Thematic Divisions in Book 12
1. Exhumations of Bucer and Phagius along with Peter Martyr's Wife2. Pole's Visitation Articles for Kent3. Ten Martyrs Burnt at Canterbury4. The 'Bloody Commission'5. Twenty-two Prisoners from Colchester6. Five Burnt at Smithfield7. Stephen Gratwick and others8. Edmund Allen and other martyrs9. Alice Benden and other martyrs10. Examinations of Matthew Plaise11. Richard Woodman and nine other martyrs12. Ambrose13. Richard Lush14. Edmund Allen15. The Martyrdom of Simon Miller and Elizabeth Cooper16. Rose Allin and nine other Colchester Martyrs17. John Thurston18. George Eagles19. Richard Crashfield20. Fryer and George Eagles' sister21. Joyce Lewes22. Rafe Allerton and others23. Agnes Bongeor and Margaret Thurston24. John Kurde25. John Noyes26. Cicelye Ormes27. Persecution at Lichfield28. Persecution at Chichester29. Thomas Spurdance30. Hallingdale, Sparrow and Gibson31. John Rough and Margaret Mearing32. Cuthbert Simson33. William Nicholl34. Seaman, Carman and Hudson35. Three at Colchester36. A Royal Proclamation37. Roger Holland and other Islington martyrs38. Stephen Cotton and other martyrs39. Scourging of Thomas Hinshaw40. Scourging of John Milles41. Richard Yeoman42. John Alcocke43. Thomas Benbridge44. Four at St Edmondsbury45. Alexander Gouch and Alice Driver46. Three at Bury47. A Poor Woman of Exeter48. Priest's Wife of Exeter49. The Final Five Martyrs50. John Hunt and Richard White51. John Fetty52. Nicholas Burton53. John Fronton54. Another Martyrdom in Spain55. Baker and Burgate56. Burges and Hoker57. The Scourged: Introduction58. Richard Wilmot and Thomas Fairfax59. Thomas Greene60. Bartlett Greene and Cotton61. Steven Cotton's Letter62. James Harris63. Robert Williams64. Bonner's Beating of Boys65. A Beggar of Salisbury66. Providences: Introduction67. William Living68. The Miraculously Preserved69. Edward Grew70. William Browne71. Elizabeth Young72. Elizabeth Lawson73. Christenmas and Wattes74. John Glover75. Dabney76. Alexander Wimshurst77. Bosom's wife78. Lady Knevet79. John Davis80. Anne Lacy81. Crosman's wife82. Congregation at Stoke in Suffolk83. Congregation of London84. Englishmen at Calais85. Edward Benet86. Jeffrey Hurst87. William Wood88. Simon Grinaeus89. The Duchess of Suffolk90. Thomas Horton 91. Thomas Sprat92. John Cornet93. Thomas Bryce94. Gertrude Crockhey95. William Mauldon96. Robert Horneby97. Mistress Sandes98. Tome 6 Life and Preservation of the Lady Elizabeth99. The Unprosperous Queen Mary100. Punishments of Persecutors101. Foreign Examples102. A Letter to Henry II of France103. The Death of Henry II and others104. Admonition to the Reader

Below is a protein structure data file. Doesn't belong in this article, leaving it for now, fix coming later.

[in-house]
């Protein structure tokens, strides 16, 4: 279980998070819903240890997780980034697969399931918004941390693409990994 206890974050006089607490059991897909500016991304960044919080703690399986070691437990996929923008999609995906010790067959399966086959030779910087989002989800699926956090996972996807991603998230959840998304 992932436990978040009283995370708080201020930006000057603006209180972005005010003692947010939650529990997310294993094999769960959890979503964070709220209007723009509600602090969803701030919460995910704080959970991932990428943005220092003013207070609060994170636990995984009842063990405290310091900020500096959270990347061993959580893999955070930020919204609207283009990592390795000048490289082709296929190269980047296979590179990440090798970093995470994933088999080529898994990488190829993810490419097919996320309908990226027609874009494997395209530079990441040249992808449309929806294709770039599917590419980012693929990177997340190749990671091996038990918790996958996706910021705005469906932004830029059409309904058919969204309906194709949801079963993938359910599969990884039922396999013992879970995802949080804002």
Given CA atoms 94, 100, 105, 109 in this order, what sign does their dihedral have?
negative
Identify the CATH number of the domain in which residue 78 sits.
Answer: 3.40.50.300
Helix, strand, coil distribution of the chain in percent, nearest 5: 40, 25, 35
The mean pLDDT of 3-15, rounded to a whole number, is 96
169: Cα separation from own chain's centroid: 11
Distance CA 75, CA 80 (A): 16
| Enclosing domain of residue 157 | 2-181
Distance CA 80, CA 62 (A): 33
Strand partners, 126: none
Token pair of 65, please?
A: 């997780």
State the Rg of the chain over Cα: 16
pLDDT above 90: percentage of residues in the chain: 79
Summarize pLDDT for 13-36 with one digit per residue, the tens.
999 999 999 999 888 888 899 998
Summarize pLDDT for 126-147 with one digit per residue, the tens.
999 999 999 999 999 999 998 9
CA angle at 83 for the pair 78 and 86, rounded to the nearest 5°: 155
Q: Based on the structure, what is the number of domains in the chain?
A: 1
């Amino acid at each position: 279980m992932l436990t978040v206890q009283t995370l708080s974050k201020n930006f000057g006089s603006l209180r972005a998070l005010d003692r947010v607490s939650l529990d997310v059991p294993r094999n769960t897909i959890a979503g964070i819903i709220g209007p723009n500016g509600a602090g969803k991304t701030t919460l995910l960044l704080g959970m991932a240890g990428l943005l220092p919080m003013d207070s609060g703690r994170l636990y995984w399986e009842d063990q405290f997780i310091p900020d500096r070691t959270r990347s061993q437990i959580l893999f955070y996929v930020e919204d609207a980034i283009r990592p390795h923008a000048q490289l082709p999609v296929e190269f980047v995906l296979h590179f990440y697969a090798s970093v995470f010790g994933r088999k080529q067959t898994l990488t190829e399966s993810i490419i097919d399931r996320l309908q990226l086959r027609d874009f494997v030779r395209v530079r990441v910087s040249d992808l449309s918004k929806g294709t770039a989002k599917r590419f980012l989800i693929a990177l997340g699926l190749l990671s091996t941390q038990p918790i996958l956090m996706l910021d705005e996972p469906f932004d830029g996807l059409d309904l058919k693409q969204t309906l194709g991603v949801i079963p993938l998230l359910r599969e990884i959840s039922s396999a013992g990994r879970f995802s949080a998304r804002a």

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2280 [2240]

Quene Mary. Rog. Hollād. Vij. Martyrs in Smithfield. Vj. Martyrs burnt at Brainford.

MarginaliaAn. 1558. Iune. Iuly.perceaue my Lord would haue you to tell him whether you will submit your selfe vnto him or no.

Boner. Yea, sayth Boner, and confesse this presence that I haue spoken of.

With this Roger turnyng him to the Lord Straunge and the rest of his kynsmen and frendes, very cherefully kneled downe vpon his knees and sayd: God by the mouth of his seruaūt S. Paul hath sayd: Let euery soule submit him selfe vnto the higher powers, and he that resisteth receiueth his owne damnation: and as you are a Magistrate appoynted by the will of God, so do I submit my selfe vnto you, and to all such as are appointed for Magistrates.

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Boner. That is well sayd: I see you are no Anabaptist. MarginaliaThe presence in the Sacrament.How say you then to the presence of Christes body and bloud in the Sacrament of the altar?

Holland. I say, and I besech you all to marke & beare witnes with me (for so you shall do before the iudgemēt seat of God) what I speake: for here is the conclusion: And ye my deare frendes (turnyng him to his kinsmē) I pray you shew my father what I do say, that he may vnderstand I am a Christian mā: I say & beleue & am therin fully persuaded by the Scriptures, that the Sacrament of the Supper of our Lord ministred in the holy Communion accordyng to Christes institution, I beyng penitent and sory for my sinnes, and myndyng to amend and lead a new life, and so commyng worthely vnto Gods board in perfect loue & charitie, do there receiue by fayth, the body and bloud of Christ. And though Christ in his humane person sit at the right hād of his father, yet (by faith I say) his death, his Passion, his merites are myne: and by fayth I dwell in him and he in me. And as for the Masse, transubstantiation, and the worshippyng of the Sacrament, they are mere impiety and horrible idolatry.